You can also check the categories on our website to see if you would be a good fit as guest blogger for Global People Transitions. We’d be happy to read your content! Write to angela@globalpeopletransitions.com if you’re interested. 

#2 Join a Community of Writers

As a large and international expat hub, Zurich has a great community of writers and independent authors and there is a lot to learn.

http://www.nuancewords.org/

https://rowinggirl.com/

https://zurichwritersworkshop.com/

http://www.dicconbewes.com/category/writing/

http://triskelebooks.blogspot.ch/2013/11/tis-season.html

#3 Educate Yourself with a Good Mentor

If you need a kick in the b… I recommend you read Jeff Goins’ blog. He is a motivator for aspiring writers and authors.

What’s your experience with blogging and writing?

Please share with your best friend. You can also leave us a comment below if you feel like sharing with our Club Sandwich readers. 

#RockMeRetreat19

Join us for #RockMeRetreat2019.

Do you sometimes wonder when you update a spreadsheet, database or presentation, why you went to university in the first place? Do you sometimes feel in meetings that your potential is not fully utilized? Or when you run a team, are you the Chief Entertainer? Are you the parent cleaning up the toys after the kids, trying to stop them from fighting about the electronic devices, the projects and the recognition (i.e. bonus)?

Do you regularly try to calm the storm when one of your colleagues thinks she is right and the other one says that she started picking on him for no reason?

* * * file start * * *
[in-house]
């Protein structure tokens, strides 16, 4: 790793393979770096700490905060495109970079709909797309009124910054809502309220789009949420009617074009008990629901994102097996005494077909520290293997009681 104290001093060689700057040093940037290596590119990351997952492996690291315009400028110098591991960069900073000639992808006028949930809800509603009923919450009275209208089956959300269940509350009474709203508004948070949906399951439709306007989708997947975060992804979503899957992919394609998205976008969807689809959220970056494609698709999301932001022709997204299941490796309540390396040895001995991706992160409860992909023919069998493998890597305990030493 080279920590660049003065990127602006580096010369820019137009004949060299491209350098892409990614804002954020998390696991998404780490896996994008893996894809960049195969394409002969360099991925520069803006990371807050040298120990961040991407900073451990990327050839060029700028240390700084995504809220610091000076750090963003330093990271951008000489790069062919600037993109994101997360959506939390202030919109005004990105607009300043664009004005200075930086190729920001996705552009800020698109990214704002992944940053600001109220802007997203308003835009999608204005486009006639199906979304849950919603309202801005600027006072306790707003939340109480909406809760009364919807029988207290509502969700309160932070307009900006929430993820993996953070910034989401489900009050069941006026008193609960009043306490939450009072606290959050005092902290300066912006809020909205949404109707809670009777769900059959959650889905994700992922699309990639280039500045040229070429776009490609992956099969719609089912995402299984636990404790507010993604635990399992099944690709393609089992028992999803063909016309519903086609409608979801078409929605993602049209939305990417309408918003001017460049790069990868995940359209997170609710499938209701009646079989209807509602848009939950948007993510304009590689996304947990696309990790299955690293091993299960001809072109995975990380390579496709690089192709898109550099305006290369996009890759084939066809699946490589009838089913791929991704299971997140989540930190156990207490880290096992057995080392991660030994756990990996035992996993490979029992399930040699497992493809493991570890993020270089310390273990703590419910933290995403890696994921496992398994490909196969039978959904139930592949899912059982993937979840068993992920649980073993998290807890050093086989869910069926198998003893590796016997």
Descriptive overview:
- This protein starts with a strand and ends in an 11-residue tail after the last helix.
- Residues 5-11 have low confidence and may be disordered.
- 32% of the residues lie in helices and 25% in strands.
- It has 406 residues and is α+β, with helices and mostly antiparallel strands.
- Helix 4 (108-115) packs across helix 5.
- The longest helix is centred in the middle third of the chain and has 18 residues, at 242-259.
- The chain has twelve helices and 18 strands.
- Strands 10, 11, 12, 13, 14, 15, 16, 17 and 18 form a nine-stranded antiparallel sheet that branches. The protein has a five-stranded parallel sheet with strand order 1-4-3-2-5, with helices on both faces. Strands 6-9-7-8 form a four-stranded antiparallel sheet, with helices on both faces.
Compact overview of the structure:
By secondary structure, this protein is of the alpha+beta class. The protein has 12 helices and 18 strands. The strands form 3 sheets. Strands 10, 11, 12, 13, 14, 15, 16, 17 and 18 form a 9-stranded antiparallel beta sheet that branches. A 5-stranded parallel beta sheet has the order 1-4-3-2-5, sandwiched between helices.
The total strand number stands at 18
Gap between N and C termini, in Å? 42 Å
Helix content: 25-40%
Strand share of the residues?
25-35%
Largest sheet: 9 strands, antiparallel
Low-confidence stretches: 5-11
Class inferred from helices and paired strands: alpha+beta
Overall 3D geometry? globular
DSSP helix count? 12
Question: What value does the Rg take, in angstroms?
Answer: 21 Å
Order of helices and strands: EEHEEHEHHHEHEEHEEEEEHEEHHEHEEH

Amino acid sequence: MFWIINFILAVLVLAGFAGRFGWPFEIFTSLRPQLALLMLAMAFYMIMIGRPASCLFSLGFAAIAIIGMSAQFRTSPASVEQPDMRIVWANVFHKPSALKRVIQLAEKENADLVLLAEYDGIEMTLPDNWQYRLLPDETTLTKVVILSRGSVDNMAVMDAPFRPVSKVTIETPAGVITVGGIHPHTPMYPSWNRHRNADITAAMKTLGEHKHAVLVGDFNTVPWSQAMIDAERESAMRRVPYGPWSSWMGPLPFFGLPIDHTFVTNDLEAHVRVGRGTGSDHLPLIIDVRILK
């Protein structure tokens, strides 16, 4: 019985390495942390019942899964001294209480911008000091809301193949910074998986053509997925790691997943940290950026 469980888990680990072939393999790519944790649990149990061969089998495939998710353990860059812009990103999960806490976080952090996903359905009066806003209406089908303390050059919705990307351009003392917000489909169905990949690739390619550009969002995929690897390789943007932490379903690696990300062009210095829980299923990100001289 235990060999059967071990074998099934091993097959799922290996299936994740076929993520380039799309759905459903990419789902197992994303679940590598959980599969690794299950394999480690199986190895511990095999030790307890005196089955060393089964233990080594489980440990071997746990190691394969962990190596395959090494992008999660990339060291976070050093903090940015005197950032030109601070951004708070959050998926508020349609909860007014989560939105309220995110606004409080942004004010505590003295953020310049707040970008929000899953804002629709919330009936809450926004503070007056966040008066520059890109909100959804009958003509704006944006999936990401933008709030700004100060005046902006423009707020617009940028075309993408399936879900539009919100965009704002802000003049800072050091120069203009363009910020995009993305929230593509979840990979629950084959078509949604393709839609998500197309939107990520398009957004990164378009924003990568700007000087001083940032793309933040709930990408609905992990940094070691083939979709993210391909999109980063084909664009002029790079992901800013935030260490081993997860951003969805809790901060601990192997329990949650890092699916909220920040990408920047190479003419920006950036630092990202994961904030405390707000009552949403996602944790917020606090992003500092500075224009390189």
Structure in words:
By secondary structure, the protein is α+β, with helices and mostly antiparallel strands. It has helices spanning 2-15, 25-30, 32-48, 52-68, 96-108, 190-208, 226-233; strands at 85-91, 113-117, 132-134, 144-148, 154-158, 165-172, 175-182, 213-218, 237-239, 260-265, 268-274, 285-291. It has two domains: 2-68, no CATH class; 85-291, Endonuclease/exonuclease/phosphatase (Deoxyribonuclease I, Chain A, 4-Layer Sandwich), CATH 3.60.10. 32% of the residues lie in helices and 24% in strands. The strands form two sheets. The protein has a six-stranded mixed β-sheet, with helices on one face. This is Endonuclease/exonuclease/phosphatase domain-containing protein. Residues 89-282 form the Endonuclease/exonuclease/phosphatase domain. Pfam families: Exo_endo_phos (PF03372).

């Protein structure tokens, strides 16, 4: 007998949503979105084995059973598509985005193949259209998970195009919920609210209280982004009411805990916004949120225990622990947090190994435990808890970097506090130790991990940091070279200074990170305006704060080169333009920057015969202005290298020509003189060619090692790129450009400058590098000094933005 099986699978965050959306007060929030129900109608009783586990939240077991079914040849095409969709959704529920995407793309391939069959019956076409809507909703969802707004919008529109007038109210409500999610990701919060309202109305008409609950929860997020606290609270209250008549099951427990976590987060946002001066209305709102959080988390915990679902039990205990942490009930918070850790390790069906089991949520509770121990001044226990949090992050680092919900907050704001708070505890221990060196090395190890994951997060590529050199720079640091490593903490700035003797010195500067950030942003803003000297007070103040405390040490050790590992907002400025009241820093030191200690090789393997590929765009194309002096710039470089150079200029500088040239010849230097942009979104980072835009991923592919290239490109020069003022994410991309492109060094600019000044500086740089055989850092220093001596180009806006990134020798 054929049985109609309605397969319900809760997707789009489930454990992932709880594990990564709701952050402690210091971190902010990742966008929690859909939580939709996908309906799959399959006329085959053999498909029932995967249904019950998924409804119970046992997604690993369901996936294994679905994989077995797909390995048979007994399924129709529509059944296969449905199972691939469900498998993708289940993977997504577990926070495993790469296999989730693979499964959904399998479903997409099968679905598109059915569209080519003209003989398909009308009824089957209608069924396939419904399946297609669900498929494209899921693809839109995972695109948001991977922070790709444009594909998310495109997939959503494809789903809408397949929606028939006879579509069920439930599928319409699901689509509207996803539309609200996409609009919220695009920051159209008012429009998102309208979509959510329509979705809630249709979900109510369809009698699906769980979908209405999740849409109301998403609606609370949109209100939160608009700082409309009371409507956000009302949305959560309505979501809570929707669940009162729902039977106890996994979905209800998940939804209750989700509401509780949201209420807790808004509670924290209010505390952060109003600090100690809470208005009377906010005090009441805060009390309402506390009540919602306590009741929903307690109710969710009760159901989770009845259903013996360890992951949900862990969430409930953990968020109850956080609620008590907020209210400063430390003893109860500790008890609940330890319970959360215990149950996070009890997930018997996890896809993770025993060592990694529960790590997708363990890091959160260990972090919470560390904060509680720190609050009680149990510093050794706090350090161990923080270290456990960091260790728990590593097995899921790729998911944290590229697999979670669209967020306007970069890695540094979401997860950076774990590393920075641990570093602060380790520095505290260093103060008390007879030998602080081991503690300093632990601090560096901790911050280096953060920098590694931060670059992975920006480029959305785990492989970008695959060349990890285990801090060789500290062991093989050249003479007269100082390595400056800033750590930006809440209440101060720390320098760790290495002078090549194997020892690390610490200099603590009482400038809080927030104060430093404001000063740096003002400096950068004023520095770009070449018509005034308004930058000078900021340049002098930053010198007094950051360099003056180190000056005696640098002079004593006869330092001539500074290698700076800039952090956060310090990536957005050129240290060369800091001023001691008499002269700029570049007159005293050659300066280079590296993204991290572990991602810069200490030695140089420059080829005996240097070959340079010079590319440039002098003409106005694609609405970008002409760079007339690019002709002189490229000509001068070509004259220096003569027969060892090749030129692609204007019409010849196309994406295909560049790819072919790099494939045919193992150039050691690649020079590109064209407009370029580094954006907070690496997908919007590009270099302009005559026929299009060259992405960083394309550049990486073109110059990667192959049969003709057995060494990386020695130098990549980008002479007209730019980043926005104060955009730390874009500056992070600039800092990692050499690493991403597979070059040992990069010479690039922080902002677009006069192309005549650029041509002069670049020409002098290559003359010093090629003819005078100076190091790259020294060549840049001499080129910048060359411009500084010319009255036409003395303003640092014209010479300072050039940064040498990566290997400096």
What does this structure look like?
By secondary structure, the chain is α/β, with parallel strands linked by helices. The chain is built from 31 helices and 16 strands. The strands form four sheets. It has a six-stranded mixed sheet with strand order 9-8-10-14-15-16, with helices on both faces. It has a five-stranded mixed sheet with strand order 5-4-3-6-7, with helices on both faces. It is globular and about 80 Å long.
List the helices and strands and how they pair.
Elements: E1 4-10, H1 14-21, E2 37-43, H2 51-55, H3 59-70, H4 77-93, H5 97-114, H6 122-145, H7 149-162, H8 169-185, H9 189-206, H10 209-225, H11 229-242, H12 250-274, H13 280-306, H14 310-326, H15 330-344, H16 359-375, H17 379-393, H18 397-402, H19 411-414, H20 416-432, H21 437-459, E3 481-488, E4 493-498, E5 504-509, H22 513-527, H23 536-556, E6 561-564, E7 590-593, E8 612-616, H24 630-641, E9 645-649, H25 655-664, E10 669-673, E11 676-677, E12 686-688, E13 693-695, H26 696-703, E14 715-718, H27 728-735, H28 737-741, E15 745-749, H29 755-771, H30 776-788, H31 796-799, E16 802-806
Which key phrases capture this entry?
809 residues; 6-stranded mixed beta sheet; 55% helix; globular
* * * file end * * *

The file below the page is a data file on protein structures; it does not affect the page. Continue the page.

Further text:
Companies and organizations often feel like kindergarten. As a leader you spend a large part of your day solving problems, easing difficult relationships, convincing colleagues to collaborate and cleaning up sloppy data entries from unmotivated service providers. They should be motivated by the fact that they charge you for their services but their staff lost touch to the end client. For them, it feels as if they are working in a data factory.

It’s a sad reality that shows in employee surveys and Gallup reports across the globe.

In my view, we need to deconstruct global careers and build a new concept for a fulfilled professional life for our expats, their spouses, and our #GlobalMobility teams. Last week, we started to discuss the future of work and how it will affect your “career”. We encouraged you to think like an entrepreneur.

Entrepreneurs have a purpose in their life. They know why they roll up a stone every day, they have an aim for their daily efforts. Being an entrepreneur for me has been the most challenging and most rewarding professional experience of my career. Not that I did not like my work earlier but I love the diversity and self-actualization opportunity that this kind of “portfolio” career allows a “multi-potentialite” with many interests like myself.

Here are five questions for you to reflect on:

1) What if you wanted or had to become an entrepreneur early next year?
2) What would be your three main goals for 2019?
3) Which knowledge can you build on?
4) Which critical skills do you want to develop further?
5) Which attitude would you need and which beliefs would you have to let go of?

If you would like to record your answers in our #RockMeApp or if you wish to join our #RockMeRetreat19 sign up here. #RockMeRetreat2019

Kind regards

Angie Weinberger

 

 

We recommend you also listen to and read this:

Podcast by Sundae Bean on Expat Life Upgrade

“The future of work is a complex thing” featuring Luke Skywalker and Buffy by the Libby.

Kai Beckmann’s take on the future of work Are we Curious Enough for the Future of Work?

Join the discussion on LinkedIn, Facebook and Twitter with #FoW.